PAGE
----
“…We currently thank God for having some health workers who give their services with all commitment; they care and respect us. They don’t look down on us as they used to in the past…” (FGD 1).

Even many insured participants recognised that the health staff’s practices towards them had improved:

“…Some health workers care and respect us insured elderly…when we get to the hospital, doctors and nurses run towards us” (FGD 1).

However, the participants considered a number of issues disrespectful. Many of them complained that HI made no difference in the way they were considered and treated as patients. Some insured participants expressed their disappointment when they realised that the HI did not guarantee that they would receive different and better attention:

“…You could get there very sick and providers wouldn’t care; you have no value. Medical personnel just pass around without doing anything…they despise the health insurance service, even when they listen to you they don’t pay much attention…” (FGD 7).

A few of them mentioned that being insured could even negatively influence the type of care provided. This is described by one informant who reflected on how the healthcare professional addressed him when he came in seeking healthcare:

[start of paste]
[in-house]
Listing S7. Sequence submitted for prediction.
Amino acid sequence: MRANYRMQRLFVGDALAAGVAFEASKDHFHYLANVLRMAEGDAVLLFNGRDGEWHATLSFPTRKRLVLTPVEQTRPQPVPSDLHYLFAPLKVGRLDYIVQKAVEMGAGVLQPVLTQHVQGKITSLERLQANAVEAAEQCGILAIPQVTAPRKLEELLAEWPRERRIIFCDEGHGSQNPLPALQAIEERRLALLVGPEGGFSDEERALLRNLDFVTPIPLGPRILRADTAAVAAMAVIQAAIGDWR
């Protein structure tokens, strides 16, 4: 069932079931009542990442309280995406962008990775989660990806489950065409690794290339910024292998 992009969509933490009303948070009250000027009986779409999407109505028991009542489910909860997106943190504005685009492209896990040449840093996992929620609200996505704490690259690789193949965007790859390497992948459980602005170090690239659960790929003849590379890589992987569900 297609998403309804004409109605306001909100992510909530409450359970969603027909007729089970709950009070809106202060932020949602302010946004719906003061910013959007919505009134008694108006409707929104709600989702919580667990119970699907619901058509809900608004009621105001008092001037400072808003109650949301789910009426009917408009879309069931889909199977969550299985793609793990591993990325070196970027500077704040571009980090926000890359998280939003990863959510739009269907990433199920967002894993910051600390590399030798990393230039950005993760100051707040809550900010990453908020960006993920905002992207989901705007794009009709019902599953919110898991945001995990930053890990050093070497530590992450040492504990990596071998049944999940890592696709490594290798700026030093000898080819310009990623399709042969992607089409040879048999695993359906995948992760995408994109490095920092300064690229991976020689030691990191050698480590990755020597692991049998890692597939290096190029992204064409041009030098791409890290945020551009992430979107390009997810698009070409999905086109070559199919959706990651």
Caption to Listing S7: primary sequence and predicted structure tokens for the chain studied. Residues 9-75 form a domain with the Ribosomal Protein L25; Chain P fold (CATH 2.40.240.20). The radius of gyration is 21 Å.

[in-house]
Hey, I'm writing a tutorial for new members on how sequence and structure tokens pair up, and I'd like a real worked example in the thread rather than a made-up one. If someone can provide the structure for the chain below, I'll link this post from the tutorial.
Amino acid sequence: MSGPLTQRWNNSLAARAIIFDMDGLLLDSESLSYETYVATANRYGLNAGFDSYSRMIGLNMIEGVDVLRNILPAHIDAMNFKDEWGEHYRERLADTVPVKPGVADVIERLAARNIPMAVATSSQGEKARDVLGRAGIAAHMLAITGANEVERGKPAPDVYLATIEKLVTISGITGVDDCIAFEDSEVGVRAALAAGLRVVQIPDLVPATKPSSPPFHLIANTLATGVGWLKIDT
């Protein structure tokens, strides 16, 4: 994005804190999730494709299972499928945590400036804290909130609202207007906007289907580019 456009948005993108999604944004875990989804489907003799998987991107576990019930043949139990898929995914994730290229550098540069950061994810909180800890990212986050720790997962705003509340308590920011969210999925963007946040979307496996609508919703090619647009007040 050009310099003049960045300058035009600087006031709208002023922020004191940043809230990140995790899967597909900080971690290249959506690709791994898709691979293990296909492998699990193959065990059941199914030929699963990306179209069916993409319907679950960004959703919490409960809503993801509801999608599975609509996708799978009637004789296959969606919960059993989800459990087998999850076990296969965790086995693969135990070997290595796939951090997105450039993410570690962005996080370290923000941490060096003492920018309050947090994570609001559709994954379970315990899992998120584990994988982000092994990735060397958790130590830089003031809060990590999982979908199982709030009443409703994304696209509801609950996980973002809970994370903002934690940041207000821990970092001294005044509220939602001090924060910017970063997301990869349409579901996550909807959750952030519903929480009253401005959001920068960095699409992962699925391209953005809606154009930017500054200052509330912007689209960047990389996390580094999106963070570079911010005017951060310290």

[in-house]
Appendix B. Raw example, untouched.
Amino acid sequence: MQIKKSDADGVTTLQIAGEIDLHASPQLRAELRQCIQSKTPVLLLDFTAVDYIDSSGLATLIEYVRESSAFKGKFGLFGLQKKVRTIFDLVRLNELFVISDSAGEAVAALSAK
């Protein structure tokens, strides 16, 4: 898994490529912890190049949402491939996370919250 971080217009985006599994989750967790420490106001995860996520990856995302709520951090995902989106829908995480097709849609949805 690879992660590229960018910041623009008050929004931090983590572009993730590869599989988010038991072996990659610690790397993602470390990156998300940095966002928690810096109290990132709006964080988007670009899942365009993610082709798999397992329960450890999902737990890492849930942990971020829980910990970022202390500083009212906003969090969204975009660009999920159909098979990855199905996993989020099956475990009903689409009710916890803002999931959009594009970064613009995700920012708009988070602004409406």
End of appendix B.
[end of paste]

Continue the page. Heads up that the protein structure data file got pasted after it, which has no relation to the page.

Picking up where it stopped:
“…Old man you are here again with your CHF, you never become tired, we don’t accept these cards here…” (FGD 2).

Keeping patients’ information safe is a challenge

Ensuring confidentiality in the process of care was widely discussed in the FGDs; participants explained that it constituted a challenge for all patients, insured or not. However, several participants reacted positively to the development of this issue over time:

“…Confidentiality is not a big problem today; it has been improved [and is] now different from the past…currently we are talking inside the room with the door closed…” (FGD 3).